Early last month, I had the opportunity to participate in something I am very passionate about, conservation.
I was able to join Africa Point for their Save Mount Kenya campaign. Their Save Mount Kenya campaign is a collaborative effort between them and the East African Wild Life Society (EAWLS) as part of their Tupande Pamoja initiative.
In 2011 they were able to plant 5,000 seedlings and with an 85% survival rate and during this trip we were able to see the trees they planted then.
Panoramic view of Mount Kenya Photo courtesy of Mutua Matheka.
Mount Kenya is the second highest mountain in Africa, after famous Kilimanjaro, located in the central highlands of Kenya it straddles the equator, north east of Nairobi. The landscape is diverse – dense bamboo and rainforest on the lower slopes give way to Afro-Alpine flora at the higher elevations, however deforestation is believed to be accelerating the degradation of the delicate micro-climate of the mountain.
Africa Point’s aim is to plant a total of 100,000 seedlings. You can support them by going to this link and sharing. They will donate a seedling for each share.
The area they have chosen for reforestation is called Hombe forest which is at the foot of Mt Kenya. It is not much of a forest right now but hopefully one day it will be restored to its former glory.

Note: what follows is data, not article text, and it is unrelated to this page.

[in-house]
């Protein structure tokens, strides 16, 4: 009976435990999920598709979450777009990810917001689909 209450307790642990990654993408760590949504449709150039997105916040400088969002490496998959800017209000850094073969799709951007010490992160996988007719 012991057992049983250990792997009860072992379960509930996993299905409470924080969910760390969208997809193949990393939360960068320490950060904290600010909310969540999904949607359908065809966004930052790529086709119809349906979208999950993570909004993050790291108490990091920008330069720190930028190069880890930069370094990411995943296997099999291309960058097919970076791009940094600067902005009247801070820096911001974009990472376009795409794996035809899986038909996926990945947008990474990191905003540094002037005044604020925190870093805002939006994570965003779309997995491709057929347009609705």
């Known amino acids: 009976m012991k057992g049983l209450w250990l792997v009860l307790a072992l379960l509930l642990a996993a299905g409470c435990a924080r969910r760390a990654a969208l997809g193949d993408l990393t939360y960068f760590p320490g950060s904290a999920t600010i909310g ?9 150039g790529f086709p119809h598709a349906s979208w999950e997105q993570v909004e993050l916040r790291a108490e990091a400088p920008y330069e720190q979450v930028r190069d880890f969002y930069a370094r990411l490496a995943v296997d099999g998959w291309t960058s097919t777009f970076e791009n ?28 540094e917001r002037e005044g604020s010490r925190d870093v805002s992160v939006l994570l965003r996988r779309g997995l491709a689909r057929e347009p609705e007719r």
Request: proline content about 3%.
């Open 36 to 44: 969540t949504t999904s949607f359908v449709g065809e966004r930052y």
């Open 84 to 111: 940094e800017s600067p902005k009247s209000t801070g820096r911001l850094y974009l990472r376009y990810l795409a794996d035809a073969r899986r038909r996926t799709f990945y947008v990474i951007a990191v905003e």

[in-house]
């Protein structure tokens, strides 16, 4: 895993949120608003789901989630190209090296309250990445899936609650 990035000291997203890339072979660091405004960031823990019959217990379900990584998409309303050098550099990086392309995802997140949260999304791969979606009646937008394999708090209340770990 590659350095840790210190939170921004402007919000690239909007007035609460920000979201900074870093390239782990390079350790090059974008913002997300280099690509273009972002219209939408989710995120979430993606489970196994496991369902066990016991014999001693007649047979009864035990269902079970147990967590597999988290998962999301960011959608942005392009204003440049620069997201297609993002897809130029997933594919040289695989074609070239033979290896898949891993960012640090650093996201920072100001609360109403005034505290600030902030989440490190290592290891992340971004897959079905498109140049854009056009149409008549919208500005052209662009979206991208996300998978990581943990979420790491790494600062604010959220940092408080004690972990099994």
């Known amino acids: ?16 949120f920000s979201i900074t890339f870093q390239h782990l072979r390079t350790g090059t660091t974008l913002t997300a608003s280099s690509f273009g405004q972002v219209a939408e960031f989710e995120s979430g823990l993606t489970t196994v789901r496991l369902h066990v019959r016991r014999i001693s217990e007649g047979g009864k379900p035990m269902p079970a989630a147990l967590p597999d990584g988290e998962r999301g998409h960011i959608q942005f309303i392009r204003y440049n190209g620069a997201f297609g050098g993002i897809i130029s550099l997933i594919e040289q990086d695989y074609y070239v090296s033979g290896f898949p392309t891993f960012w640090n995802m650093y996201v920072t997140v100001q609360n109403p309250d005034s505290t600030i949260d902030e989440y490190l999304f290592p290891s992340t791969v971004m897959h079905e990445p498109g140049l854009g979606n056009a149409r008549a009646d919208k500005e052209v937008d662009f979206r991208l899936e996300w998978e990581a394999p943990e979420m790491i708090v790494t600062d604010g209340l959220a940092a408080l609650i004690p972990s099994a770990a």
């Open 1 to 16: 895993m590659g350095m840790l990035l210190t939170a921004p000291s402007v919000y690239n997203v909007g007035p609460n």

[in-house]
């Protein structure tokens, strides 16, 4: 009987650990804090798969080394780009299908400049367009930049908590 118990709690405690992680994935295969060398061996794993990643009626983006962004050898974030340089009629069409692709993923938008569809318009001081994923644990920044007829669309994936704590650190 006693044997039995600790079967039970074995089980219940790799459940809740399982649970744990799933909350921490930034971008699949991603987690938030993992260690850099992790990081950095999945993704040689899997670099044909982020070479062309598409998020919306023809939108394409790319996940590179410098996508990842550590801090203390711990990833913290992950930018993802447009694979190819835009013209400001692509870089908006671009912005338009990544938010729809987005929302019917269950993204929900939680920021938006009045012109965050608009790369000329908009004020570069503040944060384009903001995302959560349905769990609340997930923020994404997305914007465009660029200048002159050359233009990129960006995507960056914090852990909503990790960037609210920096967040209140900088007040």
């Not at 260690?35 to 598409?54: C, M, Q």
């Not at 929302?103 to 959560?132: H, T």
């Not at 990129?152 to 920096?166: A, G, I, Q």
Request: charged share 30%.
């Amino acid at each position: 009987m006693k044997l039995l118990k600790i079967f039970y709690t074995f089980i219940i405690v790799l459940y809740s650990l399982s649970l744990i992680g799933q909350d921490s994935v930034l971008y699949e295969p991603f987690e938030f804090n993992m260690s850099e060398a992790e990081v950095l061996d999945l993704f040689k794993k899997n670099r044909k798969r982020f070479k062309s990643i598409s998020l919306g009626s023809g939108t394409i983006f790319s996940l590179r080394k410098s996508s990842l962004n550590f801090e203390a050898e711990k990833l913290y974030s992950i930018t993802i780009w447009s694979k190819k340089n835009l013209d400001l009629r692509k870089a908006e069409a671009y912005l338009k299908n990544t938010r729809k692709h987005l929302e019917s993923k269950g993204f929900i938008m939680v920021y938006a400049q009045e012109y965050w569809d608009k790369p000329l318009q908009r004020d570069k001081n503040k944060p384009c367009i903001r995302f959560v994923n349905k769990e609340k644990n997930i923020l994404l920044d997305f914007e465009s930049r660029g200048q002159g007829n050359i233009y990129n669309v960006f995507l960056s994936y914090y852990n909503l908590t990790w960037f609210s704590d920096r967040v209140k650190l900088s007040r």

How the project works is that the EAWLS identifies an area, they find a partner to work with, in this case Africa Point. They visit the area and plant the seedlings. The community takes care of the seedlings making sure that they are not destroyed. The community is compensated for their services.
Once the forest is established, the community will eventually have to move out of the area as the land belongs to the Kenya Forest Service.
After taking a short tour of the area, we were given a short tutorial on how to plant the trees and then everybody got planting.
Once the planting was done we shared some refreshments with the community.
We then took a tour of the seedling nursery. The nursery is another way the community is able to benefit from the project since all the seedlings planted in the area were bought from the nursery.
Bamboo is widely grown, it is first planted in bamboo cuttings, later after maturity the individual shoots are transferred to the little black bags as seedlings.
I’ll definitely try visit again and see how much the area will have changed in a couple of years.
Have you ever been involved in any conservation activity?
This week I’ll be linking up with;
2. Noel Morata’s Travel Photo Mondays
3. Budget Travelers Sandbox Travel Photo Thursday.